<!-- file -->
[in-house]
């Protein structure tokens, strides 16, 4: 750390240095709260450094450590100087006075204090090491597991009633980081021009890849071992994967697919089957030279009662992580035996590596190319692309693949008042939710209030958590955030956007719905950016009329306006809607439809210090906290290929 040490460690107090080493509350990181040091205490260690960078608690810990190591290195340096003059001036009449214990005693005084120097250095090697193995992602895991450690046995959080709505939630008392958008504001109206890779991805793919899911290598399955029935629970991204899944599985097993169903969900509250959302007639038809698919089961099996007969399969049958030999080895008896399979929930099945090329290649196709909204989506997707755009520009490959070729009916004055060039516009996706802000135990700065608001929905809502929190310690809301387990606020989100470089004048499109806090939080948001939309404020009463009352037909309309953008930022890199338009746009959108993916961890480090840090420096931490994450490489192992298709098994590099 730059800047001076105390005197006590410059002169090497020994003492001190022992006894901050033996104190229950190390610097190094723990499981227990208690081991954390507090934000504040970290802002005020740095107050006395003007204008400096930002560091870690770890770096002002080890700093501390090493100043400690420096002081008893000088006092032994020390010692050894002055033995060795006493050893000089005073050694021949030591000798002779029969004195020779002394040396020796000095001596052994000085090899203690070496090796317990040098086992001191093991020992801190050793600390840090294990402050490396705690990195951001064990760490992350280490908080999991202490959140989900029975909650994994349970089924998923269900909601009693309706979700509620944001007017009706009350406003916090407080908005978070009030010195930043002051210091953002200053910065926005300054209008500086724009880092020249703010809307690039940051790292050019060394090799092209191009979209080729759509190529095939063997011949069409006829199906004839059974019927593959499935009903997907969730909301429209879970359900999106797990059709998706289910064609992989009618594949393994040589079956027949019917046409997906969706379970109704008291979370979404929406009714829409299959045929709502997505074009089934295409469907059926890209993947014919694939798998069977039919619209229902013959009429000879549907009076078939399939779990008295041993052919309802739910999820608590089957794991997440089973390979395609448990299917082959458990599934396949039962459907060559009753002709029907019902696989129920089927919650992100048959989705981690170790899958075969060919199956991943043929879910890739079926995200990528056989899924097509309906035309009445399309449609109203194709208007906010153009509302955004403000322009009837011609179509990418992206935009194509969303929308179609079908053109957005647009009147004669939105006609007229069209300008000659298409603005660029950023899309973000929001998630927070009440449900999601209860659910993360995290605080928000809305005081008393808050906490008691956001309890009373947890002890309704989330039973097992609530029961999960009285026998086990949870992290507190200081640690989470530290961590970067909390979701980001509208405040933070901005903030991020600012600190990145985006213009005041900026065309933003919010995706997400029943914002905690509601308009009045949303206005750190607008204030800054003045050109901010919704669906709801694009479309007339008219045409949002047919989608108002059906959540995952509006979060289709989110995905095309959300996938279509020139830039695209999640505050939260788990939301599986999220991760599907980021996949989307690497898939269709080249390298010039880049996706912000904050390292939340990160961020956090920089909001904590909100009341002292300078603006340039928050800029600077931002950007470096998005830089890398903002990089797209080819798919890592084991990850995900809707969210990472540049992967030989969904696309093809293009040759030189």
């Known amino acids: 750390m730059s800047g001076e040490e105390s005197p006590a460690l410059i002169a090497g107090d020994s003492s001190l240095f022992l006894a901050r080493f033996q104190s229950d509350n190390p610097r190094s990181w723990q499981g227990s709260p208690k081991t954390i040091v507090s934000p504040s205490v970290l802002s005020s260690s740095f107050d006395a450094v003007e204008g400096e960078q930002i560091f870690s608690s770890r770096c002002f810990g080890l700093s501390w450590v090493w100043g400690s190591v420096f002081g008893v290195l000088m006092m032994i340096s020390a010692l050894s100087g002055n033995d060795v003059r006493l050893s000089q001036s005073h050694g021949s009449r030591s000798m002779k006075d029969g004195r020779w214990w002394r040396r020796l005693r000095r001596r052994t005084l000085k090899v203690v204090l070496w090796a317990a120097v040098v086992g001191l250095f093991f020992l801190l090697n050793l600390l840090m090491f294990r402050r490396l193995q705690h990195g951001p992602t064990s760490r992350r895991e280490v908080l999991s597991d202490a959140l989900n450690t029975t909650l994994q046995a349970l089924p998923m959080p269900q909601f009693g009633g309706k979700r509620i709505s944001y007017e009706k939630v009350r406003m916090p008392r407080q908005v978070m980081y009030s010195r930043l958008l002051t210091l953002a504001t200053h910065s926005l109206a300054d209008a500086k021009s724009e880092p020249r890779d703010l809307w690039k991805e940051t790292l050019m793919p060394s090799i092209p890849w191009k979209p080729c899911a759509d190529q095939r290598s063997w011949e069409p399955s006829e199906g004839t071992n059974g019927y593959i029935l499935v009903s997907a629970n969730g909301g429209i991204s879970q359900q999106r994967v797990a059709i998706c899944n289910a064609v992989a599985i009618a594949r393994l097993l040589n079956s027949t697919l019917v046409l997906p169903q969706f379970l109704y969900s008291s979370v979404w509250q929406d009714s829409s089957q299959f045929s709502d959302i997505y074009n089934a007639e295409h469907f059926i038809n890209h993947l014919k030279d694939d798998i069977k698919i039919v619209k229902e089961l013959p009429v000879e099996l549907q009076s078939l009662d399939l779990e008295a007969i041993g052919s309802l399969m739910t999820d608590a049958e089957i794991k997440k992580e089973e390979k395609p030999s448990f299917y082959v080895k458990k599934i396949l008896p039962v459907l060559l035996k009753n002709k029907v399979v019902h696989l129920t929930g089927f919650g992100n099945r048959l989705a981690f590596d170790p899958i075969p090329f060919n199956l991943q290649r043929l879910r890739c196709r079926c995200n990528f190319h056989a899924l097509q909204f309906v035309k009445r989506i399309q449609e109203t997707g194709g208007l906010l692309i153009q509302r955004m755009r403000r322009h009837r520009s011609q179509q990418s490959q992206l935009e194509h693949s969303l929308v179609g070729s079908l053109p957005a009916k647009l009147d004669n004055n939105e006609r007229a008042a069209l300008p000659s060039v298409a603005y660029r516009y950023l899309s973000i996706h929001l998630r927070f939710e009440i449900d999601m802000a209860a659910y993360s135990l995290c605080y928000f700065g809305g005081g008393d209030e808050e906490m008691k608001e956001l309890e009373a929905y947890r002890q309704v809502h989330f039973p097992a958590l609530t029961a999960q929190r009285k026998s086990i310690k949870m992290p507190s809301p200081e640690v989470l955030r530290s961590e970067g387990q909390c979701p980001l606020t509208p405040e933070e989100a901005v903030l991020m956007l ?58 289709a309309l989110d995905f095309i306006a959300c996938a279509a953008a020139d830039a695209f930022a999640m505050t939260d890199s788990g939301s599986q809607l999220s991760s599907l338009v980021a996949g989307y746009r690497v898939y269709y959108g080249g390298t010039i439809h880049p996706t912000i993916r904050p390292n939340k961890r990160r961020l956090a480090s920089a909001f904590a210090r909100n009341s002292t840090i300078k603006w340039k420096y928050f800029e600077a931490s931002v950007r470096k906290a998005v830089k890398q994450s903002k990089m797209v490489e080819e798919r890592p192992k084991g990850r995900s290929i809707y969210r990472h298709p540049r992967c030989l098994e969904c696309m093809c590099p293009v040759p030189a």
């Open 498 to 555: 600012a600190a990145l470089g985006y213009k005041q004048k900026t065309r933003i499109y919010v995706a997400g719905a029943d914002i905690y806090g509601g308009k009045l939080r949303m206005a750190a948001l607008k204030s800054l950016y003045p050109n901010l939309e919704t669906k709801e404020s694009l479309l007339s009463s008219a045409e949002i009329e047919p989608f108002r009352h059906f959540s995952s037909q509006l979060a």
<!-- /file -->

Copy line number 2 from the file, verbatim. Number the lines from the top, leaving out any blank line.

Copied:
């Protein structure tokens, strides 16, 4: 750390240095709260450094450590100087006075204090090491597991009633980081021009890849071992994967697919089957030279009662992580035996590596190319692309693949008042939710209030958590955030956007719905950016009329306006809607439809210090906290290929 040490460690107090080493509350990181040091205490260690960078608690810990190591290195340096003059001036009449214990005693005084120097250095090697193995992602895991450690046995959080709505939630008392958008504001109206890779991805793919899911290598399955029935629970991204899944599985097993169903969900509250959302007639038809698919089961099996007969399969049958030999080895008896399979929930099945090329290649196709909204989506997707755009520009490959070729009916004055060039516009996706802000135990700065608001929905809502929190310690809301387990606020989100470089004048499109806090939080948001939309404020009463009352037909309309953008930022890199338009746009959108993916961890480090840090420096931490994450490489192992298709098994590099 730059800047001076105390005197006590410059002169090497020994003492001190022992006894901050033996104190229950190390610097190094723990499981227990208690081991954390507090934000504040970290802002005020740095107050006395003007204008400096930002560091870690770890770096002002080890700093501390090493100043400690420096002081008893000088006092032994020390010692050894002055033995060795006493050893000089005073050694021949030591000798002779029969004195020779002394040396020796000095001596052994000085090899203690070496090796317990040098086992001191093991020992801190050793600390840090294990402050490396705690990195951001064990760490992350280490908080999991202490959140989900029975909650994994349970089924998923269900909601009693309706979700509620944001007017009706009350406003916090407080908005978070009030010195930043002051210091953002200053910065926005300054209008500086724009880092020249703010809307690039940051790292050019060394090799092209191009979209080729759509190529095939063997011949069409006829199906004839059974019927593959499935009903997907969730909301429209879970359900999106797990059709998706289910064609992989009618594949393994040589079956027949019917046409997906969706379970109704008291979370979404929406009714829409299959045929709502997505074009089934295409469907059926890209993947014919694939798998069977039919619209229902013959009429000879549907009076078939399939779990008295041993052919309802739910999820608590089957794991997440089973390979395609448990299917082959458990599934396949039962459907060559009753002709029907019902696989129920089927919650992100048959989705981690170790899958075969060919199956991943043929879910890739079926995200990528056989899924097509309906035309009445399309449609109203194709208007906010153009509302955004403000322009009837011609179509990418992206935009194509969303929308179609079908053109957005647009009147004669939105006609007229069209300008000659298409603005660029950023899309973000929001998630927070009440449900999601209860659910993360995290605080928000809305005081008393808050906490008691956001309890009373947890002890309704989330039973097992609530029961999960009285026998086990949870992290507190200081640690989470530290961590970067909390979701980001509208405040933070901005903030991020600012600190990145985006213009005041900026065309933003919010995706997400029943914002905690509601308009009045949303206005750190607008204030800054003045050109901010919704669906709801694009479309007339008219045409949002047919989608108002059906959540995952509006979060289709989110995905095309959300996938279509020139830039695209999640505050939260788990939301599986999220991760599907980021996949989307690497898939269709080249390298010039880049996706912000904050390292939340990160961020956090920089909001904590909100009341002292300078603006340039928050800029600077931002950007470096998005830089890398903002990089797209080819798919890592084991990850995900809707969210990472540049992967030989969904696309093809293009040759030189």